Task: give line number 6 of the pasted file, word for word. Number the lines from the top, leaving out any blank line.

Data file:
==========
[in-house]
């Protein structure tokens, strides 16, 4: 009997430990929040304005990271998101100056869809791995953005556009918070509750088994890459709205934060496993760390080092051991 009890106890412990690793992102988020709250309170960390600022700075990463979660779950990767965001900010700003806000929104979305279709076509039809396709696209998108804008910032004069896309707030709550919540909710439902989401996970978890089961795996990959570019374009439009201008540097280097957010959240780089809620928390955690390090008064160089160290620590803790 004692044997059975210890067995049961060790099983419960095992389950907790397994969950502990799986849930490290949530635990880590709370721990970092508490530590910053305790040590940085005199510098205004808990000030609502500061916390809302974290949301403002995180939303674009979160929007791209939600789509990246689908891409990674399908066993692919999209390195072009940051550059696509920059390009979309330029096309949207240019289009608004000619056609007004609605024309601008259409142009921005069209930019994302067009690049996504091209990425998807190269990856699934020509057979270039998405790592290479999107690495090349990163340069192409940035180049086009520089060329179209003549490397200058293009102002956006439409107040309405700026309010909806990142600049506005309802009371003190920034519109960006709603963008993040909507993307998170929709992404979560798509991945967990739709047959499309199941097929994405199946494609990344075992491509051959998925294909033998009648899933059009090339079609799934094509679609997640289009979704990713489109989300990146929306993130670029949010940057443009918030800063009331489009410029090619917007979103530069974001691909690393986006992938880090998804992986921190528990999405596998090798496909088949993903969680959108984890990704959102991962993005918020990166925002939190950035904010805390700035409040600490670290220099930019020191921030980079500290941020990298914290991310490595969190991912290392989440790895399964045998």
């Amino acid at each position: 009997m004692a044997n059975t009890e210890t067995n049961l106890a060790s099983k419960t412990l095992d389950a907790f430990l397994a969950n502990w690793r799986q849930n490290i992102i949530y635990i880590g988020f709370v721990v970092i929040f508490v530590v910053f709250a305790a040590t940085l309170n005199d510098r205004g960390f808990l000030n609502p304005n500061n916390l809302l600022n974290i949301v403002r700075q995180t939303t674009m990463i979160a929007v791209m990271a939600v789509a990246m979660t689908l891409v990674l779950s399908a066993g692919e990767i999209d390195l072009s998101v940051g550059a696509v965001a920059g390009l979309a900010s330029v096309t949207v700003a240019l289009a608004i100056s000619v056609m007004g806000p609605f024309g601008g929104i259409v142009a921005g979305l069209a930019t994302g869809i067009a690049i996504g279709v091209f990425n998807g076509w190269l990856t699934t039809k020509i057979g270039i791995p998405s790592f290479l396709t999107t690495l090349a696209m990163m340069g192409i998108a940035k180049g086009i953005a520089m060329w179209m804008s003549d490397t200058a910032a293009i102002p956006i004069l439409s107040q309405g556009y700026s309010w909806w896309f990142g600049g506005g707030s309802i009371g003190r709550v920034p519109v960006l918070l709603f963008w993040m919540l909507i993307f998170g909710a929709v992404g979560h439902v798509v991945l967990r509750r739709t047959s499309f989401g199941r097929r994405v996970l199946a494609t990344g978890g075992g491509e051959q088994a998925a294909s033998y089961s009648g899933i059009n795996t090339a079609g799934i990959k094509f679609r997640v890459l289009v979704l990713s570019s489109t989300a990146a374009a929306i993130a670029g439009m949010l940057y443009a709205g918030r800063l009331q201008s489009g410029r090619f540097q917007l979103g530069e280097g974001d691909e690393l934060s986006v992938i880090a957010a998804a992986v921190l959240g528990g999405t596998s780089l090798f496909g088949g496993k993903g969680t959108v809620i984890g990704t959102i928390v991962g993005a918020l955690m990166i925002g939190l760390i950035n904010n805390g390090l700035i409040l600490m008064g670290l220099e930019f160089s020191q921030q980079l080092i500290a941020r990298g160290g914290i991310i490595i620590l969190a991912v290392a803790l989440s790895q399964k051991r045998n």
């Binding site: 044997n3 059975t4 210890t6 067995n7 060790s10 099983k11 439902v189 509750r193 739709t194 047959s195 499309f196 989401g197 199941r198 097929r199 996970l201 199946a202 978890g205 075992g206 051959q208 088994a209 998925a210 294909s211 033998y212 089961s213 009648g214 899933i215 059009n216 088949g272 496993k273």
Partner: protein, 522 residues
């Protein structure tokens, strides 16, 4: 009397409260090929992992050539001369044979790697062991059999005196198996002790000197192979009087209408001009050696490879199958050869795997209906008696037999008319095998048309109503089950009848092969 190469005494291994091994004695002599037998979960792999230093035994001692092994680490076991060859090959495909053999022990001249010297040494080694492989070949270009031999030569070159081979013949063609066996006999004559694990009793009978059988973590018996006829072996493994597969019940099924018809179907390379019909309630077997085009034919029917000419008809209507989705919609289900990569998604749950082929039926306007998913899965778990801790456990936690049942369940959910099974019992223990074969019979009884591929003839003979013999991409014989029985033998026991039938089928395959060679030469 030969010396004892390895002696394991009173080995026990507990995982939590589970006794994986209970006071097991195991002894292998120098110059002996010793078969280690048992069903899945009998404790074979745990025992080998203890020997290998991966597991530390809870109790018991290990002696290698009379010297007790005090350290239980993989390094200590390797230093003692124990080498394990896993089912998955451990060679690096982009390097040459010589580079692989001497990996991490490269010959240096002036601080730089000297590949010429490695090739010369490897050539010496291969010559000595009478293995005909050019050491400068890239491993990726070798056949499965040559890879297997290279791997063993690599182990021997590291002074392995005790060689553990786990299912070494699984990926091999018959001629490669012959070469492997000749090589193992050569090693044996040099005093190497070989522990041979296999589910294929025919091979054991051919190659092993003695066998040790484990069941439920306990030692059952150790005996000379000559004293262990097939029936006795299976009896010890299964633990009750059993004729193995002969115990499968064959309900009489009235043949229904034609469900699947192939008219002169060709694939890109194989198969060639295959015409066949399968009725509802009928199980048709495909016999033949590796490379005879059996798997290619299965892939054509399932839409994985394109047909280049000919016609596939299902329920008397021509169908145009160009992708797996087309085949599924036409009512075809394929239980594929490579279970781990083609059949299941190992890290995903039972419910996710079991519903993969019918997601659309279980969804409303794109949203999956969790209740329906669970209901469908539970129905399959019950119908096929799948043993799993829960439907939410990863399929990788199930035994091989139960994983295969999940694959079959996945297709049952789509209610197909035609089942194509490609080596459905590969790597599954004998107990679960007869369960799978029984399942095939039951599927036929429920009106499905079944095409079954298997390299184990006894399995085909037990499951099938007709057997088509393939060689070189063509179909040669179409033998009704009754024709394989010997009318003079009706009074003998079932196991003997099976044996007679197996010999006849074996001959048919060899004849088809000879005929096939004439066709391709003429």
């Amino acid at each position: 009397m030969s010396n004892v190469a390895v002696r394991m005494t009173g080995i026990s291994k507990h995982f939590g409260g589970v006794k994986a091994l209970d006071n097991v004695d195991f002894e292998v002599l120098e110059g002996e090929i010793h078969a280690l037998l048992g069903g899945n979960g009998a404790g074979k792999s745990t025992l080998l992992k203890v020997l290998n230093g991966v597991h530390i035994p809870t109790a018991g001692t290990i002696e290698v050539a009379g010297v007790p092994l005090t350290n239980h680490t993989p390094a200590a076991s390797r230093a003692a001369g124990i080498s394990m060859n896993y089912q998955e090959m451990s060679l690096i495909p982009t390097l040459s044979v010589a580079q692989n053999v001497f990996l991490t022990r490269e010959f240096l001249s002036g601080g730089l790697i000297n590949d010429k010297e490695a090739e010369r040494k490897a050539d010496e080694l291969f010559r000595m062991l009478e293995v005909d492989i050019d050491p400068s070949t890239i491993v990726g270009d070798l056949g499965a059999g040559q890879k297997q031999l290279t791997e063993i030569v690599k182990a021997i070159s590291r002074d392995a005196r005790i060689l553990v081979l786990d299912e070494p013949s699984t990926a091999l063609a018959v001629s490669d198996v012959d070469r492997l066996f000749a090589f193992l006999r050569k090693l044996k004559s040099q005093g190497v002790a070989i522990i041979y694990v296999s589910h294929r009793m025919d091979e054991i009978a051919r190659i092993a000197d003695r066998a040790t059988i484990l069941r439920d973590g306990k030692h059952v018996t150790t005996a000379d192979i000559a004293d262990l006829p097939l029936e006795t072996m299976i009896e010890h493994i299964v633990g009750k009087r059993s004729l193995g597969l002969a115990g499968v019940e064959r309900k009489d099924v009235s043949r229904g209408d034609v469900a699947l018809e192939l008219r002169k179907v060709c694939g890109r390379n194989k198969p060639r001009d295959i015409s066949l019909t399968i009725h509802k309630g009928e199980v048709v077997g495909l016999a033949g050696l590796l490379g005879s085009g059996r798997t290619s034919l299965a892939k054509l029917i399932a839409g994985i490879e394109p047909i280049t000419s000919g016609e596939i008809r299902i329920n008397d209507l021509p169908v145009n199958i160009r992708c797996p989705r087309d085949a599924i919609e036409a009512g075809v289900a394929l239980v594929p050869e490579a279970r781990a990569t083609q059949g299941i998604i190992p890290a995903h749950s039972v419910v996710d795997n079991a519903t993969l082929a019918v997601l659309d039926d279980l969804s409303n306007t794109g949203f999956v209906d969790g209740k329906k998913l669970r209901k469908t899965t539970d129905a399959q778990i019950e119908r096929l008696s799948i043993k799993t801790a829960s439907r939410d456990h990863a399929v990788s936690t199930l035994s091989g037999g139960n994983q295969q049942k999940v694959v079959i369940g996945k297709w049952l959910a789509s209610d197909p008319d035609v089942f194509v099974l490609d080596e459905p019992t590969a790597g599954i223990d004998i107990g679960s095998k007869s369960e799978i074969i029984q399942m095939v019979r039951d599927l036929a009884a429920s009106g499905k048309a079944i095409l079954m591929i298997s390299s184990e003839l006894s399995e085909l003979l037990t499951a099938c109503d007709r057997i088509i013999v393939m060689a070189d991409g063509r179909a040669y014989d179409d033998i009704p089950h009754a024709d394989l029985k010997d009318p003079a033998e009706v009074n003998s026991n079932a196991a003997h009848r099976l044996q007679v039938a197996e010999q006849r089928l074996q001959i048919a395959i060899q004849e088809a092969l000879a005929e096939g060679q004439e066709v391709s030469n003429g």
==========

């Protein structure tokens, strides 16, 4: 009397409260090929992992050539001369044979790697062991059999005196198996002790000197192979009087209408001009050696490879199958050869795997209906008696037999008319095998048309109503089950009848092969 190469005494291994091994004695002599037998979960792999230093035994001692092994680490076991060859090959495909053999022990001249010297040494080694492989070949270009031999030569070159081979013949063609066996006999004559694990009793009978059988973590018996006829072996493994597969019940099924018809179907390379019909309630077997085009034919029917000419008809209507989705919609289900990569998604749950082929039926306007998913899965778990801790456990936690049942369940959910099974019992223990074969019979009884591929003839003979013999991409014989029985033998026991039938089928395959060679030469 030969010396004892390895002696394991009173080995026990507990995982939590589970006794994986209970006071097991195991002894292998120098110059002996010793078969280690048992069903899945009998404790074979745990025992080998203890020997290998991966597991530390809870109790018991290990002696290698009379010297007790005090350290239980993989390094200590390797230093003692124990080498394990896993089912998955451990060679690096982009390097040459010589580079692989001497990996991490490269010959240096002036601080730089000297590949010429490695090739010369490897050539010496291969010559000595009478293995005909050019050491400068890239491993990726070798056949499965040559890879297997290279791997063993690599182990021997590291002074392995005790060689553990786990299912070494699984990926091999018959001629490669012959070469492997000749090589193992050569090693044996040099005093190497070989522990041979296999589910294929025919091979054991051919190659092993003695066998040790484990069941439920306990030692059952150790005996000379000559004293262990097939029936006795299976009896010890299964633990009750059993004729193995002969115990499968064959309900009489009235043949229904034609469900699947192939008219002169060709694939890109194989198969060639295959015409066949399968009725509802009928199980048709495909016999033949590796490379005879059996798997290619299965892939054509399932839409994985394109047909280049000919016609596939299902329920008397021509169908145009160009992708797996087309085949599924036409009512075809394929239980594929490579279970781990083609059949299941190992890290995903039972419910996710079991519903993969019918997601659309279980969804409303794109949203999956969790209740329906669970209901469908539970129905399959019950119908096929799948043993799993829960439907939410990863399929990788199930035994091989139960994983295969999940694959079959996945297709049952789509209610197909035609089942194509490609080596459905590969790597599954004998107990679960007869369960799978029984399942095939039951599927036929429920009106499905079944095409079954298997390299184990006894399995085909037990499951099938007709057997088509393939060689070189063509179909040669179409033998009704009754024709394989010997009318003079009706009074003998079932196991003997099976044996007679197996010999006849074996001959048919060899004849088809000879005929096939004439066709391709003429």